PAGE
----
I first encountered Kathleen Bond in the early 1990s in the flyers of Hartland Collectables. She had made their saddles and tack. At the time only Breyer had sold mass-produced saddles to go with their model horses, so another company's efforts were very intriguing. Hartland's tack offerings were quite beautiful, densely tooled and nicely detailed compared to Breyer's. They were more expensive, but it was the incredible detail of the tooling that really set them apart. These saddles, mass-produced though they obviously were, all had the stamp of quality about them... the unifying vision of a single artist.
I never did manage to purchase any Hartland tack directly, but a few years later I was starting my own Kathleen Bond saddle collection. Note that none of these blankets were hers (they were all supplied by me later). I never collected bridles by her.
Having been in the model horse hobby for 39 years, I forgive myself if I get Carol Howard and Kathleen Bond a little mixed up. They were of similar age and both were very talented artists. Both made model horse tack over a long period of time. Both of these women never made it over the digital divide; they belonged to the mail order years. I met and spoke with both of them. And yeah, my memory tells me they looked kind of alike: both were heavy, dark haired and dark eyed.
Carol Howard lived in Arizona and made every kind of model tack: English, Western, Silver Parade, Peruvian, Harness, Sidesaddle and more. She made all her own bits from wire and solder and supplied other model tackmakers with them for many years. She designed and drew carousel horse pictures and published them in Carousel News & Trader. Carol sculpted model horses; Kathleen did not (that I know of). Carol did not, so far as I know, make belts or purses, let alone full scale saddles. Carol rarely travelled and I believe she stayed in Sierra Vista until she died (2018).
Kathleen Bond made only one kind of model tack: Western Saddles. She made them with great attention to the principles of mass production, and did it in a way I've never seen any other model tackmaker do. Her initial investment must have been huge, but her method resulted in one person's being able to produce what must have been thousands of detailed pieces. Kathleen Bond saddles can all be distinguished by their tooling, which isn't tooling at all but embossing (stamping without cutting the surface).
I should add that the breastcollar on the Prairie Rose saddle was done by me in an attempt to match her style, as this saddle was not originally equipped with a breastcollar.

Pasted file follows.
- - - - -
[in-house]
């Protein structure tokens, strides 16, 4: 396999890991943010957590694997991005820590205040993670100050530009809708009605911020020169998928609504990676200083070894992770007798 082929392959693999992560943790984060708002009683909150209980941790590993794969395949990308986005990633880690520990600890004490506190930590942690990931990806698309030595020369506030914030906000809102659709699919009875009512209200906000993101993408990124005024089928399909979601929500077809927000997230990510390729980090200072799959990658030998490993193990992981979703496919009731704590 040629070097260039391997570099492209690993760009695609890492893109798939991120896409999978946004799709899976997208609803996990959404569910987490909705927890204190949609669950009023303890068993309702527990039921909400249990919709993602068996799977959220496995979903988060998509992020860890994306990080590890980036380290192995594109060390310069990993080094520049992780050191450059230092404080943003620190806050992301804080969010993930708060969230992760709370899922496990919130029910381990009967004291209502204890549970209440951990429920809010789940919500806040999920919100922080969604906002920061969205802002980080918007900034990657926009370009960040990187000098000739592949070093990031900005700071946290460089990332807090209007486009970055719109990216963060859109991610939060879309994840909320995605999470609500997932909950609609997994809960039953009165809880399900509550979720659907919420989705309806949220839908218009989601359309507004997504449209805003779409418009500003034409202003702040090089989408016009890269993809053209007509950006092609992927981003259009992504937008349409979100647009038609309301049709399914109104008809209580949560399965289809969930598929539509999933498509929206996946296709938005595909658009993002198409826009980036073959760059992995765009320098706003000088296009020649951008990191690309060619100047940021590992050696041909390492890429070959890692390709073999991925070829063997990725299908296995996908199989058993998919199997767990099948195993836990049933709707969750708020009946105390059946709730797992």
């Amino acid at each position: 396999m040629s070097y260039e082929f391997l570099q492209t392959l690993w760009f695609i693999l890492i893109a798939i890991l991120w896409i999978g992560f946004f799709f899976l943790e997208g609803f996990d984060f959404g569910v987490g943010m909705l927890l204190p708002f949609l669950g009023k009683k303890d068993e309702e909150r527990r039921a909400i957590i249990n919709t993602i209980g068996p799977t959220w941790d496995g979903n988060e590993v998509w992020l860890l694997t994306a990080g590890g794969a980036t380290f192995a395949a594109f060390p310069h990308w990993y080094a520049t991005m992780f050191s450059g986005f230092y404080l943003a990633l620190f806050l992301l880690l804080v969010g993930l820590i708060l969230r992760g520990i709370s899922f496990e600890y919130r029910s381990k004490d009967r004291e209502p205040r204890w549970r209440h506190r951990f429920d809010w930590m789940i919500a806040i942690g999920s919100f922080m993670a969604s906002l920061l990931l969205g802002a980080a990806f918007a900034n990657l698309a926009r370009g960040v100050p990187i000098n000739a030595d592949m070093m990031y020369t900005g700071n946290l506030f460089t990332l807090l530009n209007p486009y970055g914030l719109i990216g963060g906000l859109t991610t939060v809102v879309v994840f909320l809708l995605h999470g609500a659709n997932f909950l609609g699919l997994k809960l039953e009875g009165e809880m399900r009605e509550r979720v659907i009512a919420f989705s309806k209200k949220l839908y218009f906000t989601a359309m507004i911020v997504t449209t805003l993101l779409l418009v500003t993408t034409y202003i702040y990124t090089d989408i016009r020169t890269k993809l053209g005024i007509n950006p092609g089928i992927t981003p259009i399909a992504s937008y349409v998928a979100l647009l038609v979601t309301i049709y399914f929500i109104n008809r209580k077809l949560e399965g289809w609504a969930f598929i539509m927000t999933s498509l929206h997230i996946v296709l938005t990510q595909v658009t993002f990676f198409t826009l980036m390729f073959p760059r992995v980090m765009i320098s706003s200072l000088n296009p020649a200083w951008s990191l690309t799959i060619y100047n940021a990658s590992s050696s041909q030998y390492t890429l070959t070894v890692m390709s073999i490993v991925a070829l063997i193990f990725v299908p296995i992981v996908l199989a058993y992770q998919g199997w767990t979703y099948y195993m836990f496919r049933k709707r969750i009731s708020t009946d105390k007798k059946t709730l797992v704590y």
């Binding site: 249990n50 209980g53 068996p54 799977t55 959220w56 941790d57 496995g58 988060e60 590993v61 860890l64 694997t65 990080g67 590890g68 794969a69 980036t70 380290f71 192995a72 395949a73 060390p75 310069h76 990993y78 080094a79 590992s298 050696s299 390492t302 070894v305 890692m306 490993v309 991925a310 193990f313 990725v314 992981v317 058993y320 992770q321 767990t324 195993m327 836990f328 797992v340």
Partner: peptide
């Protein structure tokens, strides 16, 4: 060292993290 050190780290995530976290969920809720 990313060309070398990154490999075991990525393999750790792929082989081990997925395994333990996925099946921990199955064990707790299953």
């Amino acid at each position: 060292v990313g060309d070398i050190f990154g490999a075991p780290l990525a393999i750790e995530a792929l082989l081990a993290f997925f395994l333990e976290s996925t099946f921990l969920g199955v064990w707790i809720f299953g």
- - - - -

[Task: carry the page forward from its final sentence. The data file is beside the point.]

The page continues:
Eleanor's saddle, TSII #423.
Kathleen later told me she personally knew Bruce Grant. I have letters from her discussing her tricks of the trade. If you could stand her style of conversation she was a good friend. In a hobby full of individualistic artists, she stands out in my memory: intensely self-absorbed, slow of speech, yet so talented, so single-minded. She was a fount of history about leather braiding and tooling, and (I think) contributed to the Leather Worker's Journal. She taught me how to do braided-rawhide stars. Kathleen gave me a five-pound marble tooling block (I had told her the year before how I used Masonite) which I still use today.
Here is a black and silver full-scale saddle of hers:
As I said at the beginning, I was fortunate enough to be recently given photos of yet another beautiful saddle by this Ohioan. There are saddles and there are saddles, but this one was like a portrait of the artist's soul.
If it weren't for a certain much-too-long-anticipated book, finally getting underway and slowly being written and drawn ... ... or for another much-too-long-awaited model saddle, with bits and pieces of it already done... ... I would be making this pictorial saddle in miniature sooner. Let's just say that after a year of wandering far afield looking for inspirational pieces, I finally found one. The TSII is still alive and producing.
Kathleen Bond's leather work is timeless, whether or not she is still producing. She had the most universally admired artistic vision -- her work was collected all over the world. Two years ago (2016) I found out she had even planned ahead for her own tombstone. I was sent a picture. Incredibly, the stone is in the shape and form of a fully-carved Western Saddle.
But it had only the birth date on it.
Bond. Kathleen Bond!!